After staying on court during the game break to practise on his own, the reigning world champion and current world No1 improved his shot length and combined it with a quick attack in the second game to take a commanding 10-1 lead before winning it 11-3.

In the third, the two Egyptians went toe-to-toe, exchanging the lead several times as they both used a full variety of shots to move each other the full length and width of the court. It was Ashour who snatched the game at 12-10 by wrong footing his tall opponent with a cross-court forehand that was beyond Mosaad's reach.

Ashour seemed assured of the victory when he took a commanding 10-4 lead in the fourth. The world No9, however, was not ready to concede and with a combination of several winning shots off his racket and a few errors from Ashour, recovered to 9-10.

Ashour was not be denied, though, and after forcing Mosaad to the back of the court with great length hit a soft drop that was just out of Mosaad's reach.

Ashour's immediate reaction was quite emotional: he threw his racquet down and gave a fist pump and a shout. "I was just mad at myself for giving up that big lead at 10-1," said the voluble Ashour after the match.

Earlier in the week, the 25-year-old from Cairo had talked about the pressure of topping the world rankings. "Being world number one is hard work," he said. "I'm happy because I got there, but it is not always fun. I am trying not to put too much pressure on myself."

Matthew Gets Revenge Win Over Shabana In NYC

After two defeats already this year by the four-time world champion from Egypt, England's Nick Matthew (right) gained his revenge in the second round of the J.P. Morgan Tournament of Champions when he beat Amr Shabana in straight games to progress to the quarter-finals of the first PSA World Series squash event of the year at Grand Central Terminal in New York.

"Squash fans filled the Grand Central Terminal stands in the early evening for the highly anticipated Matthew/Shabana match," said tournament spokesman Beth Rasin. "The prospect of watching these two former world number ones battle in the second round - when normally they would be at least at least a quarter-final pairing - was tantalizing."

For two games the quality of the squash was on par with a final. Defending champion Matthew looked especially strong as he eliminated Shabana, a two-time ToC champion, 11-8, 11-6, 11-8 in 50 minutes.

"It was a lot like chess out there," said Matthew, who lost to the illustrious 33-year-old from Cairo in the pool section of this month's ATCO PSA World Series Finals in London, and then in the final! "We have played each other a lot recently and we know each other's games so well."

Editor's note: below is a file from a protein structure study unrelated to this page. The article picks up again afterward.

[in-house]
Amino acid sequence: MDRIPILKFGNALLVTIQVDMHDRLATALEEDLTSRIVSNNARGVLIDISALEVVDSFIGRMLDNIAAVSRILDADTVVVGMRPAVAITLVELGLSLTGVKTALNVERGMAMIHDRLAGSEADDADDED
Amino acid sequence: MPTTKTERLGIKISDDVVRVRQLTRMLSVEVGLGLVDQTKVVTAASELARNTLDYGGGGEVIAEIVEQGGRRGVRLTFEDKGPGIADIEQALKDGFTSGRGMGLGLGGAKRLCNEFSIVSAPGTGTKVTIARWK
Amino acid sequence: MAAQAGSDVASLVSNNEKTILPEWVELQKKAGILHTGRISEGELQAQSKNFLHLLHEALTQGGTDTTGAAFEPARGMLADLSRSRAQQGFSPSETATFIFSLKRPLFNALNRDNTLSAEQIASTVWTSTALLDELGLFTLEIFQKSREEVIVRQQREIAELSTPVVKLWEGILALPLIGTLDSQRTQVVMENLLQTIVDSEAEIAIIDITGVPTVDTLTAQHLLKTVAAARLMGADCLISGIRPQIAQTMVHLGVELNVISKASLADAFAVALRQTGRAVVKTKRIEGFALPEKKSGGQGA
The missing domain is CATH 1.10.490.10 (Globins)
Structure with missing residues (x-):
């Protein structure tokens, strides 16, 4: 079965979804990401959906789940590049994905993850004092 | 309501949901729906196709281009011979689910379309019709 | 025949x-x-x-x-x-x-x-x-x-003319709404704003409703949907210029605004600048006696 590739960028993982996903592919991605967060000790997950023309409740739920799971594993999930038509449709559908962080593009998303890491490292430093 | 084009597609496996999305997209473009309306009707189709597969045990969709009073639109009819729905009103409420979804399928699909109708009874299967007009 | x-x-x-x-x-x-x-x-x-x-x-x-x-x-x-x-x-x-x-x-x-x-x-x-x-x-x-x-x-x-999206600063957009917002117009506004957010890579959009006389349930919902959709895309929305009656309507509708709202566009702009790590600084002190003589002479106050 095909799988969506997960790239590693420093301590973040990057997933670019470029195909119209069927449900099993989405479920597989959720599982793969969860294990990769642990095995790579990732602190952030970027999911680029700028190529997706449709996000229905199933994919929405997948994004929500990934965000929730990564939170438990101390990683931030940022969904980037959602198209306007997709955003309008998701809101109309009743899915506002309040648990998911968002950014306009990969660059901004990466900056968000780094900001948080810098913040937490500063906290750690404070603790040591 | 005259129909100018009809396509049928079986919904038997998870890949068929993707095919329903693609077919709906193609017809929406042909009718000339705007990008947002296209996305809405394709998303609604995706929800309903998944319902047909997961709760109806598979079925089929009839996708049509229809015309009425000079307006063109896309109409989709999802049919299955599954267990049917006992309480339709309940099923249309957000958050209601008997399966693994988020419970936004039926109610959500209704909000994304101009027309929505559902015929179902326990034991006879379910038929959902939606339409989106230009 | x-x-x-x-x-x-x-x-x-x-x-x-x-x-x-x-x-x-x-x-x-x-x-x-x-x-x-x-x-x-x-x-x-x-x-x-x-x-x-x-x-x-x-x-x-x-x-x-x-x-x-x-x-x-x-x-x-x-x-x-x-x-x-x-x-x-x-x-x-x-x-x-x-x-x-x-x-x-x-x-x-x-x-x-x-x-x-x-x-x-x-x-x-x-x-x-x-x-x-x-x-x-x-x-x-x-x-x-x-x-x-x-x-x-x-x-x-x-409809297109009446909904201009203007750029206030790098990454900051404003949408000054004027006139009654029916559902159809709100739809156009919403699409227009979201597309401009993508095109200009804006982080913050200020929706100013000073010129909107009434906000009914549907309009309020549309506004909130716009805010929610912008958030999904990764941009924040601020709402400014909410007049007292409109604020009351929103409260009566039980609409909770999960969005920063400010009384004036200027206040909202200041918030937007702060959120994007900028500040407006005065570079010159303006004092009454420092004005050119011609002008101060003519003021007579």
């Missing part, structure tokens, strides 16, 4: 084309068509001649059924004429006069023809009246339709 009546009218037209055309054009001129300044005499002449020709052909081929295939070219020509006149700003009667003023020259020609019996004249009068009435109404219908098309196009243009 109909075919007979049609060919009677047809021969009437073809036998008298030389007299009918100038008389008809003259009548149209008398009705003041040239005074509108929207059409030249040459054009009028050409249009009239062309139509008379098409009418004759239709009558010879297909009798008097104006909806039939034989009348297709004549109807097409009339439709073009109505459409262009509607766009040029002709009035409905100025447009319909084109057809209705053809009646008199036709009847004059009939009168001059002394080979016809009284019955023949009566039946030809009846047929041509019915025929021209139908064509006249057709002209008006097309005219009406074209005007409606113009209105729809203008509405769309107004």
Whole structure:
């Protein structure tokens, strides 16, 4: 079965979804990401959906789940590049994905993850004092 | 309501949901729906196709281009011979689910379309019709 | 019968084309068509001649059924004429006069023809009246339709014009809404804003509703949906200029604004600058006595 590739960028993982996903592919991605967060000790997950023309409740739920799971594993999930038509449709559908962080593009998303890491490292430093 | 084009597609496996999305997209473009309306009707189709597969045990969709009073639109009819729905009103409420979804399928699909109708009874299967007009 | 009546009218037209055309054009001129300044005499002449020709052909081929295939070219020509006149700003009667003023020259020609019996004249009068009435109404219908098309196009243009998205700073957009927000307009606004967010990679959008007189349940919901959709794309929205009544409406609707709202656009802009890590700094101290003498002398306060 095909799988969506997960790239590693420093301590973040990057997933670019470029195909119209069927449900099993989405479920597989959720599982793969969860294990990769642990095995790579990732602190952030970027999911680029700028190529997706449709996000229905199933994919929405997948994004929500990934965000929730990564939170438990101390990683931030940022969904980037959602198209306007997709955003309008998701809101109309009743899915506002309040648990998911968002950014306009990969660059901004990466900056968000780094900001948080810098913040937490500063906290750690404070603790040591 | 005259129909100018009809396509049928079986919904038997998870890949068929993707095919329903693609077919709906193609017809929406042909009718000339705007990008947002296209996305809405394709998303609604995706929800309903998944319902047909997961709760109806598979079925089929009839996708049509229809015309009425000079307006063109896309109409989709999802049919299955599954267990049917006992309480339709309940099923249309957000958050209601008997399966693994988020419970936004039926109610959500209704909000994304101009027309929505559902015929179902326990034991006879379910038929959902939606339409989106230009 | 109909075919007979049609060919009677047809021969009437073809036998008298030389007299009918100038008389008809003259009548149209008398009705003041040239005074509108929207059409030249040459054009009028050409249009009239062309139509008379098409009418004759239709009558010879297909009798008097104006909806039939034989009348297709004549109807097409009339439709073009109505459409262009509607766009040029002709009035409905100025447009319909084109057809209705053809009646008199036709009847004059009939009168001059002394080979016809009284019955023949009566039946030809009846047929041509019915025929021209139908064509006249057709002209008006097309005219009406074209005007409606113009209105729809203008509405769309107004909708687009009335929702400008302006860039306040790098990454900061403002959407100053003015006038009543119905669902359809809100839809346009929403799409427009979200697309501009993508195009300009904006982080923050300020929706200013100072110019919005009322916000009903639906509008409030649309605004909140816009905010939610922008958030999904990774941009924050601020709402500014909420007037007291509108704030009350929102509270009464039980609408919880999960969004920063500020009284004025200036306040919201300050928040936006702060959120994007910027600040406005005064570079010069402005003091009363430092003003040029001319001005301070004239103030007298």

Matthew established early that he would be digging after every ball, and using the volley attack. Shabana showed himself ready to respond in the first two games. The result was lengthy points in which each player was probing for an opening and patiently waiting for the opportunity to hit an attacking shot.

Although Shabana is generally considered the better shot-maker, it was the 32-year-old from Sheffield who found more openings. Maintaining at least a two-point lead throughout the first game, Matthew won the first game 11-8. At 7-6 in the second, the second-seeded Englishman ran off four straight points to go ahead 2/0. Matthew closed out the match with an 11-8 third game win.

"My game plan was not to have a game plan," Matthew explained. "I felt like I had been overthinking my recent matches, so I decided to just go out and enjoy playing."

The Englishman's next opponent is another former world No1 from Egypt Karim Darwish - who despatched India's Saurav Ghosal 11-3, 11-5, 12-10. Darwish was especially forceful when he was down two game balls at 8-10 in the third. "I did not want to go into a fourth game," said the No7 seed after the match. So he used a volley attack to win three quick points and ensure a place in the ToC quarter-finals.

Top seed James Willstrop was the day's first victor, defeating young Egyptian Tarek Momen in four games. "It has been a long time since I have played this early," said the Englishman, referring to his noon start time. Although the former world number one had a 10-8 lead in the first game, it slipped away as Momen hit two front court winners, and Willstrop tinned a fairly easy drop shot.

"I wasn't disheartened," Willstrop said. "It was a testing opening game. I am a big bloke and I need to get my body moving and Tarek makes you move, so I felt like I was just getting started."

After winning the second game 11-8, Willstrop really picked up momentum and nabbed the third 11-2. Shooting out to a 6-3 lead in the fourth, Willstrop's continuing momentum was momentarily halted when Momen asked for an injury time out. With no apparent problems, Momen returned to the court, and the Englishman picked up where he had left off and closed out the match with an 11-6 fourth game win.

"I was pleased with my accuracy and variety on the court today," said the victor.

Willstrop will play Stephen Coppinger (left) in the quarter-finals. The unseeded South African earned his way to his first ToC quarter-final by defeating England's Adrian Grant in 11-6, 11-9, 7-11, 9-11, 11-1 in 90 minutes.

It was Coppinger's first Tour win over former world No9 Grant - and earned the 28-year-old world No23 from Cape Town his first ever appearance in the last eight of a PSA World Series event.

The remaining two former ToC titleholders in the draw - Gregory Gaultier and Ramy Ashour - were ruthlessly efficient in their quest for another title as each won his matches in straight games.